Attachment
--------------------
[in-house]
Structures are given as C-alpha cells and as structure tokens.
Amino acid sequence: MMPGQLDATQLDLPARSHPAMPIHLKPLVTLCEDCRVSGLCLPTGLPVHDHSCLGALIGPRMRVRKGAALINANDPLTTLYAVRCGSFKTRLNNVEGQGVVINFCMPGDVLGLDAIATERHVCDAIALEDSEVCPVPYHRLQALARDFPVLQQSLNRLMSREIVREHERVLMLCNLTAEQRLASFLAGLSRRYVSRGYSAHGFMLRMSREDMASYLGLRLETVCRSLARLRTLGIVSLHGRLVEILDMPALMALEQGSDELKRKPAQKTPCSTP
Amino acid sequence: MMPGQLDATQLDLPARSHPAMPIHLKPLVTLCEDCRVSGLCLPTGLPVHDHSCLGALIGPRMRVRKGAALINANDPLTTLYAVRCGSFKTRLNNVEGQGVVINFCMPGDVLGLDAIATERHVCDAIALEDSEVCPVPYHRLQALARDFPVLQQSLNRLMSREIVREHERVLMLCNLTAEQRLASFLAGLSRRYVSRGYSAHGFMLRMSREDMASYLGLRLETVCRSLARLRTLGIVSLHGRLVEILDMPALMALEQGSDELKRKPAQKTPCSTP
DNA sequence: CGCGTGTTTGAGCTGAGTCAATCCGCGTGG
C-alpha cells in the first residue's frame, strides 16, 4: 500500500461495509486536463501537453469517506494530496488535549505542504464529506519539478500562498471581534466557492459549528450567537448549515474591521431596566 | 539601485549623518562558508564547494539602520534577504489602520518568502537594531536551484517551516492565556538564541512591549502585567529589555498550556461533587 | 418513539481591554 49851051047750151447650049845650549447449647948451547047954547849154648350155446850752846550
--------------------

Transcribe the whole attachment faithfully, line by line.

[in-house]
Structures are given as C-alpha cells and as structure tokens.
Amino acid sequence: MMPGQLDATQLDLPARSHPAMPIHLKPLVTLCEDCRVSGLCLPTGLPVHDHSCLGALIGPRMRVRKGAALINANDPLTTLYAVRCGSFKTRLNNVEGQGVVINFCMPGDVLGLDAIATERHVCDAIALEDSEVCPVPYHRLQALARDFPVLQQSLNRLMSREIVREHERVLMLCNLTAEQRLASFLAGLSRRYVSRGYSAHGFMLRMSREDMASYLGLRLETVCRSLARLRTLGIVSLHGRLVEILDMPALMALEQGSDELKRKPAQKTPCSTP
Amino acid sequence: MMPGQLDATQLDLPARSHPAMPIHLKPLVTLCEDCRVSGLCLPTGLPVHDHSCLGALIGPRMRVRKGAALINANDPLTTLYAVRCGSFKTRLNNVEGQGVVINFCMPGDVLGLDAIATERHVCDAIALEDSEVCPVPYHRLQALARDFPVLQQSLNRLMSREIVREHERVLMLCNLTAEQRLASFLAGLSRRYVSRGYSAHGFMLRMSREDMASYLGLRLETVCRSLARLRTLGIVSLHGRLVEILDMPALMALEQGSDELKRKPAQKTPCSTP
DNA sequence: CGCGTGTTTGAGCTGAGTCAATCCGCGTGG
C-alpha cells in the first residue's frame, strides 16, 4: 500500500461495509486536463501537453469517506494530496488535549505542504464529506519539478500562498471581534466557492459549528450567537448549515474591521431596566 | 539601485549623518562558508564547494539602520534577504489602520518568502537594531536551484517551516492565556538564541512591549502585567529589555498550556461533587 | 418513539481591554 49851051047750151447650049845650549447449647948451547047954547849154648350155446850752846550